Landscaping and lawn care is a year-round practice that requires specific upkeep for the changing seasons. Summer landscaping is quite the hassle, especially for people who live in tropical areas such as Florida. Between the heat, the fluctuating humidity and dryness, and the pests that find you and your backyard to be a feast, there is a lot to handle. But not to worry! We have gathered some summer landscaping tips to help you spend less time wrestling with weeds and more time basking in the glow of your property.
Summer heat is no joke. Water from a hose or irrigation system can easily evaporate without being absorbed into your plants' roots or leaves. Worse, the water can begin to overheat, causing heat damage to the plant.
Because of this, it is recommended you water your yard early in the morning or later in the evening. The grass is not fully exposed to the sun at those times, so the risk of the grass getting damaged is lessened.
Mowing your lawn is already a habit you should maintain regardless of the season, but in summer is when it gets finicky.
If it rains often, the grass will grow rapidly, requiring you to mow it more. This is fine, however, you should be careful not to over-mow. Cutting your grass too short or too often can damage the roots. Mowing once a week with the appropriate settings will help keep your grass healthy and green.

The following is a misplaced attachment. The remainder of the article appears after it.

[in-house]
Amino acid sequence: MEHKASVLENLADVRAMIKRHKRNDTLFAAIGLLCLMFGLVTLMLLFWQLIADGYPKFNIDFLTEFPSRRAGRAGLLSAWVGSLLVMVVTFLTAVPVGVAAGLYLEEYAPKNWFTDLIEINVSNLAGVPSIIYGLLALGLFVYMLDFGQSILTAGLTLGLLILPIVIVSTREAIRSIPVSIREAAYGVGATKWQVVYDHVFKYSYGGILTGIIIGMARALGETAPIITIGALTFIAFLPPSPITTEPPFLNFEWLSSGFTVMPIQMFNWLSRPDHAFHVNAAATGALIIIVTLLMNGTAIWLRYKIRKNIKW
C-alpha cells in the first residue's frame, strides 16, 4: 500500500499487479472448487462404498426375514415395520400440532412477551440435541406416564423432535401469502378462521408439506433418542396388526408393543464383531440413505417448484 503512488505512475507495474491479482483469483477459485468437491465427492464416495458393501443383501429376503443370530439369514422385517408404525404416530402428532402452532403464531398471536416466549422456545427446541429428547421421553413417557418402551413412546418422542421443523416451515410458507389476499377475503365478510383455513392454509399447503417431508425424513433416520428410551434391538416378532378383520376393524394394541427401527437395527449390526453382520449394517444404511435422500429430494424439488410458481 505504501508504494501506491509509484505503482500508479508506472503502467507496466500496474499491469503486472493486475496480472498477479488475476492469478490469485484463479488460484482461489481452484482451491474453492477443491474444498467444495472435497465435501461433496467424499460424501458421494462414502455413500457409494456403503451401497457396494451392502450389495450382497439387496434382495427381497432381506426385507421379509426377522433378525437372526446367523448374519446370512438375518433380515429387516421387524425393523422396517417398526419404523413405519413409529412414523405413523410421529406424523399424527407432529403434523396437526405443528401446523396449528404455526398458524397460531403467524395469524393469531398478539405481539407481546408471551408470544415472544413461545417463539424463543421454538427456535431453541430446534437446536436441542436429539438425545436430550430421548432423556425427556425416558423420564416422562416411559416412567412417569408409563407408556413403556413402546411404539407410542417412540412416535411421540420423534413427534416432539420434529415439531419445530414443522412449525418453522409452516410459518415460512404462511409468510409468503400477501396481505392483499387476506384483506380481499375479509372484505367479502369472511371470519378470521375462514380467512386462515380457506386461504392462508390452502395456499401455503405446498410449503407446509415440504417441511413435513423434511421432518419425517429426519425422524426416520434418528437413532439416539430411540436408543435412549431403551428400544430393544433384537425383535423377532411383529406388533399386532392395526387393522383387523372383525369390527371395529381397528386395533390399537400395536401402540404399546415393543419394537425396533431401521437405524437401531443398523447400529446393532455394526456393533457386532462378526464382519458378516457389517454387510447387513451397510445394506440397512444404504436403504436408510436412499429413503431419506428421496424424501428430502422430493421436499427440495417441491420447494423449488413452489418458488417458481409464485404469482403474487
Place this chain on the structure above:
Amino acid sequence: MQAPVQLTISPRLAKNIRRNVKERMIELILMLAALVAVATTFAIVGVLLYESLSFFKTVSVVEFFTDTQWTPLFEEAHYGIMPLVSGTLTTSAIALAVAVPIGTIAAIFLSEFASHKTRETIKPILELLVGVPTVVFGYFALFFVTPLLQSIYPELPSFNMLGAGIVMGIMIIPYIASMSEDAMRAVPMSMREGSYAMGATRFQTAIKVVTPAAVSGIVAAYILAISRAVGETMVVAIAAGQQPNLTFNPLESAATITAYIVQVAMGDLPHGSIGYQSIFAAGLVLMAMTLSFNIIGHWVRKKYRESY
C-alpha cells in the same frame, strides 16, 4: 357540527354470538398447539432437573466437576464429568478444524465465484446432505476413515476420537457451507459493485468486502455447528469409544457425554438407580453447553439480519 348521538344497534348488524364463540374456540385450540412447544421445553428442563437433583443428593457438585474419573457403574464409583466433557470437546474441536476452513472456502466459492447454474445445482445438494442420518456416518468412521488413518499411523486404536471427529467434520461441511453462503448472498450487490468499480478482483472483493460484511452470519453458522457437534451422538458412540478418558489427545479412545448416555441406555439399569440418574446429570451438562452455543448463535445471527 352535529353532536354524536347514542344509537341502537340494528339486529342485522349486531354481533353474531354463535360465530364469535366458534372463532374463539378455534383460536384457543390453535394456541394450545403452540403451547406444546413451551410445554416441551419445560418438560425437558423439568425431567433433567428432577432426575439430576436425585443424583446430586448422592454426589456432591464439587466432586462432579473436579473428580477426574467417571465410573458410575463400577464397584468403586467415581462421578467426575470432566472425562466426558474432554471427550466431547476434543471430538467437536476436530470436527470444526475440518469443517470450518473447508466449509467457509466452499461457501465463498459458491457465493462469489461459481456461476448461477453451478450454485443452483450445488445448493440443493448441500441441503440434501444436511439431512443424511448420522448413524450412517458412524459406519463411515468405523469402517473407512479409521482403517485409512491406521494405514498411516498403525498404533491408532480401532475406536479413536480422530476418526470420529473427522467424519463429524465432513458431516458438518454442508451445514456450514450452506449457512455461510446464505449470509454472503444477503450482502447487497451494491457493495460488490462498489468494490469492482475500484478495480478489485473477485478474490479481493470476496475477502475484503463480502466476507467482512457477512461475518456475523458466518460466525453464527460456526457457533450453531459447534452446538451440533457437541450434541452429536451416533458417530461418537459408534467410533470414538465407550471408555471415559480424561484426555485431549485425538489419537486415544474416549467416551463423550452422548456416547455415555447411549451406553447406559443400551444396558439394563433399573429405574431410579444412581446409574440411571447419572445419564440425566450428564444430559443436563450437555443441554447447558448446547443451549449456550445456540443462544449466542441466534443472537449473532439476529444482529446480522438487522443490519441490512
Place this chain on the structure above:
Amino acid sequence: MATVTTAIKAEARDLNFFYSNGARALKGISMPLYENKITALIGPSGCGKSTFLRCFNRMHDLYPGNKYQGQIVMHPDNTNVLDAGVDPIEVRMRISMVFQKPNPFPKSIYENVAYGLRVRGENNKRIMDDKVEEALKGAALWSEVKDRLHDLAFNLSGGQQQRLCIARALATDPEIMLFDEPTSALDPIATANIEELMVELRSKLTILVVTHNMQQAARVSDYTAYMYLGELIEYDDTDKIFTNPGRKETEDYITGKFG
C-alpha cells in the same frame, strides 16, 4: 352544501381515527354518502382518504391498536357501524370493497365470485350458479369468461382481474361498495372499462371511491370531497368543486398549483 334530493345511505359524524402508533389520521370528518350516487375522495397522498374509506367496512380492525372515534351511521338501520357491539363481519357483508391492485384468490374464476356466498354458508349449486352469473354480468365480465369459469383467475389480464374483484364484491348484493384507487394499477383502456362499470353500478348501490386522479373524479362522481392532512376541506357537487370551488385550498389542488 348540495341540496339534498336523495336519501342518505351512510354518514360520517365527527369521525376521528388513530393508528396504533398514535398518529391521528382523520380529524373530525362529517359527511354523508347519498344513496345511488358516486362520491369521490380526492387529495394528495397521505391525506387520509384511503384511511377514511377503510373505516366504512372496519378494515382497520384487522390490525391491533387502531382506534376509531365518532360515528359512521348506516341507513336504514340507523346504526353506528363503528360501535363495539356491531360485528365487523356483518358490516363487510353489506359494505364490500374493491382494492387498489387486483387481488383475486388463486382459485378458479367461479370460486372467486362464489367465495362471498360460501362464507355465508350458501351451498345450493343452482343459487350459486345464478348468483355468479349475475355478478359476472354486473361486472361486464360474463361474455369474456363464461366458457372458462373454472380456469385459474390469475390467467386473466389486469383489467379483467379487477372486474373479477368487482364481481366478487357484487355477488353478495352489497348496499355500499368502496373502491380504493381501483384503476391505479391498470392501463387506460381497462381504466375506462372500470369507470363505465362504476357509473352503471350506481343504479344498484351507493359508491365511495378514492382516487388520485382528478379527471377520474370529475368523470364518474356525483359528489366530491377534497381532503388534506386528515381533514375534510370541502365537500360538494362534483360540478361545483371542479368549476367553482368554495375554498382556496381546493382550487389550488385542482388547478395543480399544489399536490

Using mulch along with or instead of traditional soil comes with many benefits. It holds in moisture, meaning the grass can go without being watered for longer than it would if it were just soil. On top of that, mulch prevents weeds from surrounding your plants, so they are safe to grow without interruption.
Applying mulch is not as easy as dump and go. You do need to pay close attention to how much you are using and how to apply it. The amount of mulch you use depends on the type of mulch you have as well as the plant you are using it on. Generally, most experts recommend having your mulch layer be 2-4” inches thick with an 8-12” radius around the plant of focus.
Not only is utilizing native plants the environmentally conscious choice, but it has its benefits too. There are a variety of native plants which naturally resist drought, disease, and even heavy sun exposure.
Here are some examples of native Florida plants.
Wax myrtles are easy to care for because they do a lot of the work themselves.
Loving full sun and sandy soil, they can even be easily pruned and shaped for aesthetic. Wax myrtles also attract butterflies while providing food and shelter for native birds.
Coonties are a perfect choice no matter where you put them.
Loving the sun and shade equally, this plant will thrive in the blazing heat and even brave those winter temperature drops.
Firecrackers are as explosive as they sound, with long tube-like flowers ranging from red to yellow in color.
These flowers attract hummingbirds and butterflies while adding beautiful pops of color that bloom year-round.
Using these tips can help keep your property looking photo-ready all year long. Summer landscaping sounds like a lot of hard work because it is. Lawn and landscape professionals are trained and licensed to bring your property to its best condition. Down To Earth staffs licensed and certified landscape professionals, horticulturists, and arborists so we can serve you best, whatever your landscape needs.